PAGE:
Understanding IoT Security for IoT Developers

The Internet of Things (IoT) and the level of interconnectedness it can provide opens up the door for many new applications and a new level of functionality within the devices we use in our daily lives. Yet, an ever increasing number of networked appliances, and applications that interact with them, also results in a rapidly increasing attack surface that black hats can use to compromise devices and gain a foothold in home and corporate networks.

To help minimize the growth of this attack surface, it is critical that developers of IoT devices, and the applications that run on them, make security a top priority and there is no better illustration of this than the recent DDoS attack on the DNS provider Dyn. The attack on Dyn resulted in widespread outages for several large Web sites on the East Coast of the United States and the attack is largely attributed to the Mirai botnet.

The Mirai malware is also responsible for the DDoS on the Kreb's on Security news site, where it generated a DDoS attack that created over 600 Gbps of network traffic. What makes this attack so scary, however, is not the level of sophistication of the malware itself, but actually its lack of sophistication in how it gains control of IoT devices. The source code for the Mirai malware was released and its mechanism for gaining control of IoT devices is very straightforward. It has a list of just over 60 username and default password pairs and hunts out devices for which these credentials have not been changed.

Many of the devices it targets use insecure protocols, such as telnet, for establishing remote connectivity. Estimates by the AV vendor Sophos estimate that these 60 passwords are enough to easily compromise hundreds of thousands of public-facing IoT devices. Moreover, Mirai is not the only the IoT-based malware to take control of devices using default credentials and insecure protocols, as the malware behind the Bashlight botnet has been shown to make use of similar techniques.

Although consumers can take measures to mitigate such threats by ensuring that default credentials are changed and by configuring firewalls to restrict network connectivity, that does not mean that the security of the IoT devices themselves cannot be improved upon. Network Administrators looking to check their environments for IoT devices with default credentials can consider using a tool such as IoT Crusher to identify such devices for remediation, but it would be far better if device manufacturers took steps to ensure that default credentials did not end up on installed devices in the first place. In that vein of thought, this article will be discussing some techniques that IoT device developers should consider implementing to help protect their devices against threats such as Mirai.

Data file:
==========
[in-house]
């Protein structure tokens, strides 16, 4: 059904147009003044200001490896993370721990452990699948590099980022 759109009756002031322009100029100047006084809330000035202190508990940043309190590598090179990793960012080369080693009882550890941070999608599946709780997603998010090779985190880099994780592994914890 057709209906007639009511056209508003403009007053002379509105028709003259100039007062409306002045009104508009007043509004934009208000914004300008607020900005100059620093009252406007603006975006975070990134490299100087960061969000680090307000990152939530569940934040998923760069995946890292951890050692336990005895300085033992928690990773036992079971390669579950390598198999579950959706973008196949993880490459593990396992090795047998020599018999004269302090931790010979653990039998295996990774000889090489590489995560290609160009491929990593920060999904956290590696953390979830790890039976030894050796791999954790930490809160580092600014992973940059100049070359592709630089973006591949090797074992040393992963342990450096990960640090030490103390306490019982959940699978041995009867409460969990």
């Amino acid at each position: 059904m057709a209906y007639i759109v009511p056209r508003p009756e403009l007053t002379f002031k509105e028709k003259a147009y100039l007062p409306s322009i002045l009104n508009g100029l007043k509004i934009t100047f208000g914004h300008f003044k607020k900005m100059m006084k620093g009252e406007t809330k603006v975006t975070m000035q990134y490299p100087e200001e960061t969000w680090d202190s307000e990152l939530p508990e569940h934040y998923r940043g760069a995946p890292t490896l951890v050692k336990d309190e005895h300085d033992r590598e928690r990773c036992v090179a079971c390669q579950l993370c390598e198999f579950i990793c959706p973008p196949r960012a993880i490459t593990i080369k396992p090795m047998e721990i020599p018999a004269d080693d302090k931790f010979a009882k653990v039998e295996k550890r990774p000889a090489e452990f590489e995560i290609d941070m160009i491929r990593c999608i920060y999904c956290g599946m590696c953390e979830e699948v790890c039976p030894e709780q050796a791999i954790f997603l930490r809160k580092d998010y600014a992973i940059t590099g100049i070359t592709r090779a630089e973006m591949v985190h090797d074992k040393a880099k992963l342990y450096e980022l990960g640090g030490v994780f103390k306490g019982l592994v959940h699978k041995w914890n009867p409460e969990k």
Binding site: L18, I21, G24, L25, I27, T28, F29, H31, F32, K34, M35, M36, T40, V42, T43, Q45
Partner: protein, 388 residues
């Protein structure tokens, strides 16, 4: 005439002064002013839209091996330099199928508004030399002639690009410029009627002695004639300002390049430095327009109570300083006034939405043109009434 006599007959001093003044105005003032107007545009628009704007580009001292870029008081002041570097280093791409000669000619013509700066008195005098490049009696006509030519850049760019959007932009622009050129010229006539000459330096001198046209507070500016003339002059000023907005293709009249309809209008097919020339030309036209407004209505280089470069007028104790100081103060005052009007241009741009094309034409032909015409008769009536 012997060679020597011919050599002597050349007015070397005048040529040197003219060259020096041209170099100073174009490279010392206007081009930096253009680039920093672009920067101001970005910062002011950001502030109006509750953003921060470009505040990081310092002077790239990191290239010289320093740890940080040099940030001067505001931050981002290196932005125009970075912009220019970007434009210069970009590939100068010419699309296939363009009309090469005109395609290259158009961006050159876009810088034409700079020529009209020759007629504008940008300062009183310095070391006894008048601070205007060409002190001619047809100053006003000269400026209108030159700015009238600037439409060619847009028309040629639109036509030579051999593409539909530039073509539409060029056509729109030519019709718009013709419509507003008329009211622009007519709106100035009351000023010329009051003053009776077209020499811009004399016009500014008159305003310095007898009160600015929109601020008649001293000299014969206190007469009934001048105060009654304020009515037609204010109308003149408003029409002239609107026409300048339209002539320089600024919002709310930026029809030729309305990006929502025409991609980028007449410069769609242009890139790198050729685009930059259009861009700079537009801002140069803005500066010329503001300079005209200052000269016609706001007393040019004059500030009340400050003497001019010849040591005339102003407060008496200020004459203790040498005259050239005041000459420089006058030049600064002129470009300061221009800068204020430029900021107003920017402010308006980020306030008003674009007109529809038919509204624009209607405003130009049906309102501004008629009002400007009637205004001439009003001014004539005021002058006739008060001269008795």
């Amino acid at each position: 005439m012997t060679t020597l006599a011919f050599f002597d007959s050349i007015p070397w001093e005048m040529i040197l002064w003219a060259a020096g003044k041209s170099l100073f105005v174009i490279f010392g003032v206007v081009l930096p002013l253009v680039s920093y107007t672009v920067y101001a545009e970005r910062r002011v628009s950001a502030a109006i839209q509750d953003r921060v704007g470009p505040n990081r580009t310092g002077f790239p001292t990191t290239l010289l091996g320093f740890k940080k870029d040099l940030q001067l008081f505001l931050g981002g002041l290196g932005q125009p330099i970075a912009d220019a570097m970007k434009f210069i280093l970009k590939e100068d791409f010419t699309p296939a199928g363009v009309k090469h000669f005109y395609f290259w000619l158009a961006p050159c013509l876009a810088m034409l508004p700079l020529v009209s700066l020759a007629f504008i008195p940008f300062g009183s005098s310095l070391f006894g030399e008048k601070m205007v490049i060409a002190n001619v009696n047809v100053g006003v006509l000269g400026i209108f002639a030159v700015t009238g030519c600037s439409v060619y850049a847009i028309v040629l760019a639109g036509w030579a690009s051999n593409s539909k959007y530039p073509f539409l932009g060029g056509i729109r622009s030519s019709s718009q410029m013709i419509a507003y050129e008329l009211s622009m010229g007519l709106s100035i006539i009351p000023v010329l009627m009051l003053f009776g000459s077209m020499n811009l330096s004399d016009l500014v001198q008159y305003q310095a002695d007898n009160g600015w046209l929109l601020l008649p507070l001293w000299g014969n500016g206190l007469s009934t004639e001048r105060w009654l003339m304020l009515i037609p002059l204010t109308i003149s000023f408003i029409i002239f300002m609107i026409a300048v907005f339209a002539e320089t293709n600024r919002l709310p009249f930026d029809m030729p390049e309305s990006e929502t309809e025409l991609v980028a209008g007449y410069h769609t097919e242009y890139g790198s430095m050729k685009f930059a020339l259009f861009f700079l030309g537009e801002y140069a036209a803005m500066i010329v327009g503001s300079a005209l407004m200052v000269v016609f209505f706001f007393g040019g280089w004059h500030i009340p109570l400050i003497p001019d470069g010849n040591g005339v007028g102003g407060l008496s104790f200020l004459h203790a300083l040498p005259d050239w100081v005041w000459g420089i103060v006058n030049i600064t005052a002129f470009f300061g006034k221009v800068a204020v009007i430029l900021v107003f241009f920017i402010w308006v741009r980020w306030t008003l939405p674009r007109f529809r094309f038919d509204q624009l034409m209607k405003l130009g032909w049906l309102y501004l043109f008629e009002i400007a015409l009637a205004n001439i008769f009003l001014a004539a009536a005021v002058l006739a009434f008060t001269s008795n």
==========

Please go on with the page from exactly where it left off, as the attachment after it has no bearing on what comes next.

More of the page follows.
10 Must-have IoT Application Security Controls

Because the space constraints of a single article prevent a comprehensive discussion of all possible IoT security controls, this discussion will center around vulnerabilities listed in the OWASP Top IoT Vulnerability list because many of the vulnerabilities on this list are also the vulnerabilities exploited by Mirai and Bashlight. This top 10 vulnerability list will be used to create a list of 10 security controls that any developer involved in the development of IoT software or firmware should be implementing.

Vulnerability Rank Vulnerability Name
1 Insecure Web Interface
2 Insufficient Authentication/Authorization
3 Insecure Network Services
4 Lack of Transport Encryption/Integrity Verification
5 Privacy Concerns
6 Insecure Cloud Interface
7 Insecure Mobile Interface
8 Insufficient Security Configurability
9 Insecure Software/Firmware
10 Poor Physical Security

Table 1: OWASP Top IoT Vulnerabilities

A quick look at Table 1 shows us that, of the top 10 vulnerabilities listed, three of the vulnerability types deal with insecure interfaces. Whether we are dealing with Web, cloud, or mobile interfaces, these types of vulnerabilities are largely centered on having easy-to-guess credentials that can be used by an attacker to gain access to the device. Moreover, as the insufficient authentication\authorization vulnerability type indicates, devices that allow the use of simple passwords and the transmission of passwords in clear text are also prominent, which can work to further compound the issues seen with insecure interfaces.

Insecure network services includes devices that expose unnecessary ports and have vulnerable services listening on those ports. Vulnerabilities concerning lack of transport encryption mainly involve the use of insecure protocols such as HTTP instead of HTTPS, which makes transmitted data much easier to harvest. Privacy concerns deal with IoT devices collecting more data than needed to fulfill their functions and other factors that can potentially lead to the exposure of personally identifying information (PII). Insufficient security configurability deals with users having a lack of options with regards to setting up security features, such as selecting password complexity filter parameters or being to grant different access levels to different accounts. Insecure software/firmware deals with the inevitable vulnerabilities that will be found in an IoT device and the in place mechanisms for updating them.